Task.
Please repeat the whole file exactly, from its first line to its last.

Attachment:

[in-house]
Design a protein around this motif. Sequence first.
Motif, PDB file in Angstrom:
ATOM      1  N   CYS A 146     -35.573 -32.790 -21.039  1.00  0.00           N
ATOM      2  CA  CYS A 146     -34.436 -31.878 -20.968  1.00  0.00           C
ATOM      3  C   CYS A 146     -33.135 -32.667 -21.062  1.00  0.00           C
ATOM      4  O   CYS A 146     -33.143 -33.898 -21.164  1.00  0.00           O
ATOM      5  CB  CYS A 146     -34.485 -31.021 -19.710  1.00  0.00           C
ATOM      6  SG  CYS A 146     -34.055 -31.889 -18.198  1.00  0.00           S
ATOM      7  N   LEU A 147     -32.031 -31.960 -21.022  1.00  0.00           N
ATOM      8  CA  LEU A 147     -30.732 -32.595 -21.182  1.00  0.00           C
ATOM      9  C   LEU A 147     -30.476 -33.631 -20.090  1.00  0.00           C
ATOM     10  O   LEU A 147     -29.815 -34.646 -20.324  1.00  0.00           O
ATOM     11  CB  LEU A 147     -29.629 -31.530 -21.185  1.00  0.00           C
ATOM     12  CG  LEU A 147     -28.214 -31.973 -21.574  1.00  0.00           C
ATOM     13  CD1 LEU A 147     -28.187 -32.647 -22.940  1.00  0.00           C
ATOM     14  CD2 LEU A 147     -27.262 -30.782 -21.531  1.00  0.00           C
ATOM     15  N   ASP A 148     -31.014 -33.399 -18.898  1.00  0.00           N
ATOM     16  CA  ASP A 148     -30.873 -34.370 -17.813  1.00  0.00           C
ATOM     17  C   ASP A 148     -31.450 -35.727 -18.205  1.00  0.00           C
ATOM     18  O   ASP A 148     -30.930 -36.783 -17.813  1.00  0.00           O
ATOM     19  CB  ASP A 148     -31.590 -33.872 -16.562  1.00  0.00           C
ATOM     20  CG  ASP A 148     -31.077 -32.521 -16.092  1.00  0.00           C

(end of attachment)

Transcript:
[in-house]
Design a protein around this motif. Sequence first.
Motif, PDB file in Angstrom:
ATOM      1  N   CYS A 146     -35.573 -32.790 -21.039  1.00  0.00           N
ATOM      2  CA  CYS A 146     -34.436 -31.878 -20.968  1.00  0.00           C
ATOM      3  C   CYS A 146     -33.135 -32.667 -21.062  1.00  0.00           C
ATOM      4  O   CYS A 146     -33.143 -33.898 -21.164  1.00  0.00           O
ATOM      5  CB  CYS A 146     -34.485 -31.021 -19.710  1.00  0.00           C
ATOM      6  SG  CYS A 146     -34.055 -31.889 -18.198  1.00  0.00           S
ATOM      7  N   LEU A 147     -32.031 -31.960 -21.022  1.00  0.00           N
ATOM      8  CA  LEU A 147     -30.732 -32.595 -21.182  1.00  0.00           C
ATOM      9  C   LEU A 147     -30.476 -33.631 -20.090  1.00  0.00           C
ATOM     10  O   LEU A 147     -29.815 -34.646 -20.324  1.00  0.00           O
ATOM     11  CB  LEU A 147     -29.629 -31.530 -21.185  1.00  0.00           C
ATOM     12  CG  LEU A 147     -28.214 -31.973 -21.574  1.00  0.00           C
ATOM     13  CD1 LEU A 147     -28.187 -32.647 -22.940  1.00  0.00           C
ATOM     14  CD2 LEU A 147     -27.262 -30.782 -21.531  1.00  0.00           C
ATOM     15  N   ASP A 148     -31.014 -33.399 -18.898  1.00  0.00           N
ATOM     16  CA  ASP A 148     -30.873 -34.370 -17.813  1.00  0.00           C
ATOM     17  C   ASP A 148     -31.450 -35.727 -18.205  1.00  0.00           C
ATOM     18  O   ASP A 148     -30.930 -36.783 -17.813  1.00  0.00           O
ATOM     19  CB  ASP A 148     -31.590 -33.872 -16.562  1.00  0.00           C
ATOM     20  CG  ASP A 148     -31.077 -32.521 -16.092  1.00  0.00           C